Solar subsidies are now available throughout most of Europe, paying out for every kilowatt-hour of renewable electricity generated. Yet while these payments are praised for driving the increased uptake of photovoltaic power, they are also becoming increasingly in danger of costing European energy suppliers a fair wedge in payouts every year.
Leading solar generators, including Germany, Italy, France, Spain and the Czech Republic are leaning progressively towards becoming burden areas according to Vishal Shah, senior analyst at Barclays Capital.
Shah claims that based on current demand projections, leading EU nations will spend an estimated €8.5 billion on solar PV in 2010 in comparison to the €5.7 billion spent in 2009. They will then pay out €11 billion on solar PV in 2011. This is a hefty payout when you consider that the cost of subsidizing renewable energy is passed down from the energy supplier to the consumer.
The cost burden of new solar PV installations (i.e; NPV over 20 years) will be €34 billion for 2010 installations (up sharply from €22 billion in 2009) and €28 billion for 2011 installations, Shah suggests.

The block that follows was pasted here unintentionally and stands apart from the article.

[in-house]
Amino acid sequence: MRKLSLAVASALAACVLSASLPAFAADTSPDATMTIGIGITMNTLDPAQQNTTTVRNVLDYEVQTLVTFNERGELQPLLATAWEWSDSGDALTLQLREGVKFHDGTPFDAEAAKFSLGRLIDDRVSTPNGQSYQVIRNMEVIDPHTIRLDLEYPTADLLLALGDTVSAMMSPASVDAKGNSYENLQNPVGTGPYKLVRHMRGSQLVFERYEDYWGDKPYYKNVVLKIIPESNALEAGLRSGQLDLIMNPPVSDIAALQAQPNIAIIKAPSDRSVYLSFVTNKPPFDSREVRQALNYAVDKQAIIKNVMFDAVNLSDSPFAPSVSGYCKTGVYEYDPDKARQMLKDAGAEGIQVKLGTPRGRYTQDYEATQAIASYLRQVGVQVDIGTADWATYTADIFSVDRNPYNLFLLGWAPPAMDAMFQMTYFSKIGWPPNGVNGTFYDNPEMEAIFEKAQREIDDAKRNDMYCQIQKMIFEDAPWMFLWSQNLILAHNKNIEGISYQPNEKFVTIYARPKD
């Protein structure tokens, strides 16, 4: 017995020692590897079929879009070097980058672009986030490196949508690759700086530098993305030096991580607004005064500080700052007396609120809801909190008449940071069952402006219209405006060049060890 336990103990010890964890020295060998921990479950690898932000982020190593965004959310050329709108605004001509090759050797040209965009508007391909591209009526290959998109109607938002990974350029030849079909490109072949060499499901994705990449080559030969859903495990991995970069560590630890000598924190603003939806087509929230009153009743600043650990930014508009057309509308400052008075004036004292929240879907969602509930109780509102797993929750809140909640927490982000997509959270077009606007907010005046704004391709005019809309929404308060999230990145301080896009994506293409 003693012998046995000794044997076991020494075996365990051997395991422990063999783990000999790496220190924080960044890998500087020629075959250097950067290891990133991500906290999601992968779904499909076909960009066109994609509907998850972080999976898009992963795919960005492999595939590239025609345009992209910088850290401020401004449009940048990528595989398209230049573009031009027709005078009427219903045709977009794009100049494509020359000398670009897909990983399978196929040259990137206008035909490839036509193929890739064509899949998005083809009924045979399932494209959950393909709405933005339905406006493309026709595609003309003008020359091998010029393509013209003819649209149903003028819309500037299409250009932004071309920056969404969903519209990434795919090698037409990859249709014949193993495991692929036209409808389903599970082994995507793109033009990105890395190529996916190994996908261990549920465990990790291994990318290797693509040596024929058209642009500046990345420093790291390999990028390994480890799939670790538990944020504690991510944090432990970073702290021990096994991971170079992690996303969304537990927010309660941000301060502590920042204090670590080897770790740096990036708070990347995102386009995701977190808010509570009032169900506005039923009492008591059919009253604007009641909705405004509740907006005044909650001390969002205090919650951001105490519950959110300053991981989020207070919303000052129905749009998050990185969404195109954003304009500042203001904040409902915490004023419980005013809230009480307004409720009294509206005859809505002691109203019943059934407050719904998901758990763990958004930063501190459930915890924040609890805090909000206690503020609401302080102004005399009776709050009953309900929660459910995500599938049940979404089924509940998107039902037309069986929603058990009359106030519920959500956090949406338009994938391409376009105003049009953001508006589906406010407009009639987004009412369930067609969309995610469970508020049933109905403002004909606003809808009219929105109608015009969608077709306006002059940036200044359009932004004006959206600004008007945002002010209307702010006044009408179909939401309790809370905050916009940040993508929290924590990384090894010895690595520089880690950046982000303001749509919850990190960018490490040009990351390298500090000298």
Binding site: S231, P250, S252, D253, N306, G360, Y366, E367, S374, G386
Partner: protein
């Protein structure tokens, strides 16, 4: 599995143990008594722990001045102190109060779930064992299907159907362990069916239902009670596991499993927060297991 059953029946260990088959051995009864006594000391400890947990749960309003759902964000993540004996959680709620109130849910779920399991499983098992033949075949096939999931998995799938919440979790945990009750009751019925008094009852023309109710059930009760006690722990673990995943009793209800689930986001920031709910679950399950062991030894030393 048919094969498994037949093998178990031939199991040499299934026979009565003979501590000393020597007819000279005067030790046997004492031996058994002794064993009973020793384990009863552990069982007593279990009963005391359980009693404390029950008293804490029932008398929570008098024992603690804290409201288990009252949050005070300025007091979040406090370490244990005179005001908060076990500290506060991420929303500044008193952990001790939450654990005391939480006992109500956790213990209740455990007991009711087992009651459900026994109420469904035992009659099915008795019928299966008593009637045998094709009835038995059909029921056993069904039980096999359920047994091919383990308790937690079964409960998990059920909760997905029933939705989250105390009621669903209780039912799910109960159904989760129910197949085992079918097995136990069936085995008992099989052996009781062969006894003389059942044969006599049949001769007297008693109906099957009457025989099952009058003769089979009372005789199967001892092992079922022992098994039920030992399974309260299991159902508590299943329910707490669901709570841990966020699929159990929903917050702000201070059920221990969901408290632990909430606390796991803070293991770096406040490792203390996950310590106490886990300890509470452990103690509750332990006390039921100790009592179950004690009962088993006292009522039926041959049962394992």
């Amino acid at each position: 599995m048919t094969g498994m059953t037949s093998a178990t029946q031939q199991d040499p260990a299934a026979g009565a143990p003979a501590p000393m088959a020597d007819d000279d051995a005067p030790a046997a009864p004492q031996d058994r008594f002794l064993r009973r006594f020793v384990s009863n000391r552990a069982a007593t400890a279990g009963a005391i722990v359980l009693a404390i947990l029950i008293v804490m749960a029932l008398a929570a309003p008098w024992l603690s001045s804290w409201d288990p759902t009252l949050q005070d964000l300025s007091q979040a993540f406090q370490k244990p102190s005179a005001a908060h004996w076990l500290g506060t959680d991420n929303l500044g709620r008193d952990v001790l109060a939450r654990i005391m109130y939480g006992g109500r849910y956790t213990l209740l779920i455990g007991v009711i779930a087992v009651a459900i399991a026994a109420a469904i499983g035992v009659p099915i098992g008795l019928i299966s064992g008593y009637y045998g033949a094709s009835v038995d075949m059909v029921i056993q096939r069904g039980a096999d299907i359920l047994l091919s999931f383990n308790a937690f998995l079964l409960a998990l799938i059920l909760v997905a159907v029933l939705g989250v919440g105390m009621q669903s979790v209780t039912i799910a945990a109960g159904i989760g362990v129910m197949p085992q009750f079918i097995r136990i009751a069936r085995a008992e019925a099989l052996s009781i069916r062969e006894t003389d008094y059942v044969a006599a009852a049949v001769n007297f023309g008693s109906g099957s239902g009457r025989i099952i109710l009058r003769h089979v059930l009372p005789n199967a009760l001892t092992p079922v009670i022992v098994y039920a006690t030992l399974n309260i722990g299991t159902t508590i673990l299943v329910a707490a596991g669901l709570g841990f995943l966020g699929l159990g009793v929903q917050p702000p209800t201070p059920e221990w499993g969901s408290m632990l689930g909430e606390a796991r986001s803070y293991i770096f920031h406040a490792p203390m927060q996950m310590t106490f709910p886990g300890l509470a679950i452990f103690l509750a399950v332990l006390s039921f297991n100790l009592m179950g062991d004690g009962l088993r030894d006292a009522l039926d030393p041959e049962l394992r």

Judging by the damage subsidizing solar energy is causing Europe’s energy suppliers’ bank balance, it is no surprise that feed-in tariff (FiT) cuts are being announced left, right and centre. All of the above markets have announced FiT cuts in the last two years, some more severe than others, but cuts nonetheless. As the uptake in solar power increases throughout Europe, so the incentive must adjust, otherwise the nation will be left with a lot of renewable energy, but no money left to subsidize it.
This blog has been updated to cite energy suppliers as the source of FiT payments, not the aforementioned European governments.